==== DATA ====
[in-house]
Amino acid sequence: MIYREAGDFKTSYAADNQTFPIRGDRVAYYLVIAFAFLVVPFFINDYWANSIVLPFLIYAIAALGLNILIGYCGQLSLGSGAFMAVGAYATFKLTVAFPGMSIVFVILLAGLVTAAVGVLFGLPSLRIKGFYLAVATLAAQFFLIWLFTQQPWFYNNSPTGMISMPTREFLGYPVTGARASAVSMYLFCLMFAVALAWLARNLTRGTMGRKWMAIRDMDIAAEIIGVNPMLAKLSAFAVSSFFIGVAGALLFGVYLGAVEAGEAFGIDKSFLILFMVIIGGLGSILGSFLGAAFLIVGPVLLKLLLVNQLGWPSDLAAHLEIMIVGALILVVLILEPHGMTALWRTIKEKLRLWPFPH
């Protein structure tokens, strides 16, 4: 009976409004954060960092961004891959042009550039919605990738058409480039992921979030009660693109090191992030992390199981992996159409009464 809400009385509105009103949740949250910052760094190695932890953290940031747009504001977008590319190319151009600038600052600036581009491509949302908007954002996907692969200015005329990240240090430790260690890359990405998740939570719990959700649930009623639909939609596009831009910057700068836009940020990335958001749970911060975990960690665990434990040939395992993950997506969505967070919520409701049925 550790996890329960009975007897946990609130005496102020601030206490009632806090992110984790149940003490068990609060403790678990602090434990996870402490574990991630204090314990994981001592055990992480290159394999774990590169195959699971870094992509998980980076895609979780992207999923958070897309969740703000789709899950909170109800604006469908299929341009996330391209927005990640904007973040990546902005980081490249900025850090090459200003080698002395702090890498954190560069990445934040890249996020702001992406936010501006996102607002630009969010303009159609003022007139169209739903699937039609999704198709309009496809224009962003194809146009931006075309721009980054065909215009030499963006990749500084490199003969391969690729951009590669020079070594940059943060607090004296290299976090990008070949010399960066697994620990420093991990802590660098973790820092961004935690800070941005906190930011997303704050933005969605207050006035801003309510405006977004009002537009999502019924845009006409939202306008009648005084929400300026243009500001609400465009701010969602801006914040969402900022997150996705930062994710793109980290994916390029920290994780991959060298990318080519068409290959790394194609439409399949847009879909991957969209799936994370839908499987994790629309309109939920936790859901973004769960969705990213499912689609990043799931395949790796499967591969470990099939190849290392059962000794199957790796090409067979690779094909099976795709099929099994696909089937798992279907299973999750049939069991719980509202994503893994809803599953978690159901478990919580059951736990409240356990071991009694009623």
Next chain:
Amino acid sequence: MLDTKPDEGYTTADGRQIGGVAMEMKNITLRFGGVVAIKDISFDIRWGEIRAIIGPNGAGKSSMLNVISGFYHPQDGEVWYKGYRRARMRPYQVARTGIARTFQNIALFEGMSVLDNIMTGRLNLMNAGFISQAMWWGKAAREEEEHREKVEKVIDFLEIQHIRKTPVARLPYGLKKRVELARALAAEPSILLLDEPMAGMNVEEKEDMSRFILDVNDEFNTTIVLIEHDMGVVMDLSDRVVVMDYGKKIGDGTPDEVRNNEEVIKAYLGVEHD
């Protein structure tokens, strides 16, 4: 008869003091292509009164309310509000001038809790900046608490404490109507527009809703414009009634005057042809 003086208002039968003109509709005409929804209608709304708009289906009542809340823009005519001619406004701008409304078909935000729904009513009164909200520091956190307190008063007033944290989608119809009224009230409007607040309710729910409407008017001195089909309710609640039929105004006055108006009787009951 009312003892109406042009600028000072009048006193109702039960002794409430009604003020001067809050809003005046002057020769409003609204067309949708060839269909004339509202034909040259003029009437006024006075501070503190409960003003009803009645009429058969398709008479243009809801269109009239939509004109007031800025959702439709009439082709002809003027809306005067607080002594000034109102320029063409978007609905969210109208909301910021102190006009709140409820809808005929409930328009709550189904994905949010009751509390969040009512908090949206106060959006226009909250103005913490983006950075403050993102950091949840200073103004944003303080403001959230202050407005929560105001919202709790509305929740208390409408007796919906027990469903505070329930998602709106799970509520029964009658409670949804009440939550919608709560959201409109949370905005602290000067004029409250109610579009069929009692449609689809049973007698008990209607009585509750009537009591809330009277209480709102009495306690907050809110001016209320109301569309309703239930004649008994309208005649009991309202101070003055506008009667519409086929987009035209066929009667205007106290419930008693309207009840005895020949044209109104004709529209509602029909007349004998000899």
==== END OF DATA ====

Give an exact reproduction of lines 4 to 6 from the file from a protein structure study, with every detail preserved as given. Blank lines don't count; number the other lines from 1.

Next chain:
Amino acid sequence: MLDTKPDEGYTTADGRQIGGVAMEMKNITLRFGGVVAIKDISFDIRWGEIRAIIGPNGAGKSSMLNVISGFYHPQDGEVWYKGYRRARMRPYQVARTGIARTFQNIALFEGMSVLDNIMTGRLNLMNAGFISQAMWWGKAAREEEEHREKVEKVIDFLEIQHIRKTPVARLPYGLKKRVELARALAAEPSILLLDEPMAGMNVEEKEDMSRFILDVNDEFNTTIVLIEHDMGVVMDLSDRVVVMDYGKKIGDGTPDEVRNNEEVIKAYLGVEHD
């Protein structure tokens, strides 16, 4: 008869003091292509009164309310509000001038809790900046608490404490109507527009809703414009009634005057042809 003086208002039968003109509709005409929804209608709304708009289906009542809340823009005519001619406004701008409304078909935000729904009513009164909200520091956190307190008063007033944290989608119809009224009230409007607040309710729910409407008017001195089909309710609640039929105004006055108006009787009951 009312003892109406042009600028000072009048006193109702039960002794409430009604003020001067809050809003005046002057020769409003609204067309949708060839269909004339509202034909040259003029009437006024006075501070503190409960003003009803009645009429058969398709008479243009809801269109009239939509004109007031800025959702439709009439082709002809003027809306005067607080002594000034109102320029063409978007609905969210109208909301910021102190006009709140409820809808005929409930328009709550189904994905949010009751509390969040009512908090949206106060959006226009909250103005913490983006950075403050993102950091949840200073103004944003303080403001959230202050407005929560105001919202709790509305929740208390409408007796919906027990469903505070329930998602709106799970509520029964009658409670949804009440939550919608709560959201409109949370905005602290000067004029409250109610579009069929009692449609689809049973007698008990209607009585509750009537009591809330009277209480709102009495306690907050809110001016209320109301569309309703239930004649008994309208005649009991309202101070003055506008009667519409086929987009035209066929009667205007106290419930008693309207009840005895020949044209109104004709529209509602029909007349004998000899």